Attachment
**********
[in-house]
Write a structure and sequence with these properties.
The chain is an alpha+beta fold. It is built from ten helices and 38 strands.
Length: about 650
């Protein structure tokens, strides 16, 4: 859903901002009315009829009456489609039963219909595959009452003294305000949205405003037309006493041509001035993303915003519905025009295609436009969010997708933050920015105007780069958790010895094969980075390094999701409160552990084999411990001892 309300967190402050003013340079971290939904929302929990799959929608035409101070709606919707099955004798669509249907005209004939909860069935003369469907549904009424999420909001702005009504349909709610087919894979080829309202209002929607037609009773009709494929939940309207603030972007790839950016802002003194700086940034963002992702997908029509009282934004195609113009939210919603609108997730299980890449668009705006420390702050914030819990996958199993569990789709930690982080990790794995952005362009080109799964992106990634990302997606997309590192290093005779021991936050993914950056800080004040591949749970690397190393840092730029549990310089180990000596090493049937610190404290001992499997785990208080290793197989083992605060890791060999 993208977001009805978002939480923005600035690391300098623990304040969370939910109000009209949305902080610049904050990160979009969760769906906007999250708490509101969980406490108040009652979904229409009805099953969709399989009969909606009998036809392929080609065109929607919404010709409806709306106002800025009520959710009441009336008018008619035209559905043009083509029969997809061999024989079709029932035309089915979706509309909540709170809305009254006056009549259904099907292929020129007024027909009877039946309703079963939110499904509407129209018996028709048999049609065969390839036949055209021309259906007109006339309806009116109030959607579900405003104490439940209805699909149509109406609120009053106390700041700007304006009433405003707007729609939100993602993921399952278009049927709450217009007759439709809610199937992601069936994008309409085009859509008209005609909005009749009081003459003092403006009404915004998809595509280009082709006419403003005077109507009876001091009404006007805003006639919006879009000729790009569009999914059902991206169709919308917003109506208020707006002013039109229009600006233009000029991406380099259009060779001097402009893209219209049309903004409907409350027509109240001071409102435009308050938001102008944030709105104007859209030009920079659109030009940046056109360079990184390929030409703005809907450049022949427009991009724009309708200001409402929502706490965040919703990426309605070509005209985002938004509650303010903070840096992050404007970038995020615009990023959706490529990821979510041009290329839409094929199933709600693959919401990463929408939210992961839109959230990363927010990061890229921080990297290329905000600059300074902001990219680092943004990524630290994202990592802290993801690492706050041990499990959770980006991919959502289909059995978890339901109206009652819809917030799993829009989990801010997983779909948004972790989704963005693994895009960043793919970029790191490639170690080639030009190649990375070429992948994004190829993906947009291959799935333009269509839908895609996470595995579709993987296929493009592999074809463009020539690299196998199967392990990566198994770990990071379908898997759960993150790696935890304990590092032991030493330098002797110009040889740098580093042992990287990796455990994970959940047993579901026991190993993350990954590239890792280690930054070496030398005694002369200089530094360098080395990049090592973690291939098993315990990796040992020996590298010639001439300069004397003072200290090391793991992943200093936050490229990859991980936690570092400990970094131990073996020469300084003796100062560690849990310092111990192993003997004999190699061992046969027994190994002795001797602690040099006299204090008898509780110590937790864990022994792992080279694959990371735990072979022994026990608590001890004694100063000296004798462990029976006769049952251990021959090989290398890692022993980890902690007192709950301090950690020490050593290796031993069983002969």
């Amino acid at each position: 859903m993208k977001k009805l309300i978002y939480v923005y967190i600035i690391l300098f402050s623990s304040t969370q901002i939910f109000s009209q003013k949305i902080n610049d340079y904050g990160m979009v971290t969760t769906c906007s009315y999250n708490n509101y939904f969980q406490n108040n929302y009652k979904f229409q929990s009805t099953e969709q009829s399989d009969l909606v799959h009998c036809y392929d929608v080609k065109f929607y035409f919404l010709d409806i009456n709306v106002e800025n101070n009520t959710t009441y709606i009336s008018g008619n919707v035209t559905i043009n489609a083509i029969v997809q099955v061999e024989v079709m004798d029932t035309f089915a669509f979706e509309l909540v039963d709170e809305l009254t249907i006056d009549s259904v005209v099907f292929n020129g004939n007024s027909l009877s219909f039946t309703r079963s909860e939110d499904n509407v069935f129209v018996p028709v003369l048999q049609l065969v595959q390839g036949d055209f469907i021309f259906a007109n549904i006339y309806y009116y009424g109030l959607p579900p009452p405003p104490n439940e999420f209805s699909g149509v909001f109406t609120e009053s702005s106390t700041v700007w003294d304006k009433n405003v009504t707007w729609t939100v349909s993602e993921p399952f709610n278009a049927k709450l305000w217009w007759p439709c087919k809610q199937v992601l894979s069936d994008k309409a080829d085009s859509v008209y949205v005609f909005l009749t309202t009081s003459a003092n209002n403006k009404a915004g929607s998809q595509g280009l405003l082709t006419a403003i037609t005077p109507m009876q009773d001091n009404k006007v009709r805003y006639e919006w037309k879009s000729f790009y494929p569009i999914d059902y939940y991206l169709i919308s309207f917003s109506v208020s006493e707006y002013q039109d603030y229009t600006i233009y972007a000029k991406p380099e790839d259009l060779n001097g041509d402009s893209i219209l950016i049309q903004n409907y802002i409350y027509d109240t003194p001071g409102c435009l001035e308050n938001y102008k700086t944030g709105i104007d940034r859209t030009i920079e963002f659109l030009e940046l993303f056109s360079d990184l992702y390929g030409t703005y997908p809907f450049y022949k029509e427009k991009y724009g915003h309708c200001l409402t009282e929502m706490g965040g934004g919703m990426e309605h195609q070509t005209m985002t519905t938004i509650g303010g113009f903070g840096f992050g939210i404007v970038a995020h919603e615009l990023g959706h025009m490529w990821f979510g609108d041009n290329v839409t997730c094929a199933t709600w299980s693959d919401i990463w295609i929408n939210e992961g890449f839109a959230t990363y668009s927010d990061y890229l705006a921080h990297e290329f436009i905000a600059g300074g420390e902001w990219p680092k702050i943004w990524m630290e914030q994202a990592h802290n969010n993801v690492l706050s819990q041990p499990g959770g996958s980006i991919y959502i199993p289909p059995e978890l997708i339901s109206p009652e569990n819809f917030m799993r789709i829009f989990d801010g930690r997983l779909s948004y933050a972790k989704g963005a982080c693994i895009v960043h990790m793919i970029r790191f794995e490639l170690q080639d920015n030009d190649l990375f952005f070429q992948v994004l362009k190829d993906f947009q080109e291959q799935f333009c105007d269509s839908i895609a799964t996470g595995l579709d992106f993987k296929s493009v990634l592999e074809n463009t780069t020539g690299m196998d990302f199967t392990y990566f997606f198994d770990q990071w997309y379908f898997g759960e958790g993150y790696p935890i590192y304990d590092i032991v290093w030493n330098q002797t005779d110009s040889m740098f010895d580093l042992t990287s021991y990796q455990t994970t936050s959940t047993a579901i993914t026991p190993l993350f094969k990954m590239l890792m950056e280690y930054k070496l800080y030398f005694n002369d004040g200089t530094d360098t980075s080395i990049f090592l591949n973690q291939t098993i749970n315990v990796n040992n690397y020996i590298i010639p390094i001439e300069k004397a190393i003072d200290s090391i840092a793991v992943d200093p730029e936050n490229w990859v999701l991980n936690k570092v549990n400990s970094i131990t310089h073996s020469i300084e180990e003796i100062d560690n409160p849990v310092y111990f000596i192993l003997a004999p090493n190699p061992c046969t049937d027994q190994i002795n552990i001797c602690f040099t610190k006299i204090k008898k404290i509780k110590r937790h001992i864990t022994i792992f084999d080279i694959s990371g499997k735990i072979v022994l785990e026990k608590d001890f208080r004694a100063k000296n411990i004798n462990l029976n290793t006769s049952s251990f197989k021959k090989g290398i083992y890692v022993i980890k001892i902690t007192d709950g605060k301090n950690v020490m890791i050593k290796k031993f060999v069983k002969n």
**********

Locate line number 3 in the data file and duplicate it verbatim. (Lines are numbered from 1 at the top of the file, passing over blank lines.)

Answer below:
The chain is an alpha+beta fold. It is built from ten helices and 38 strands.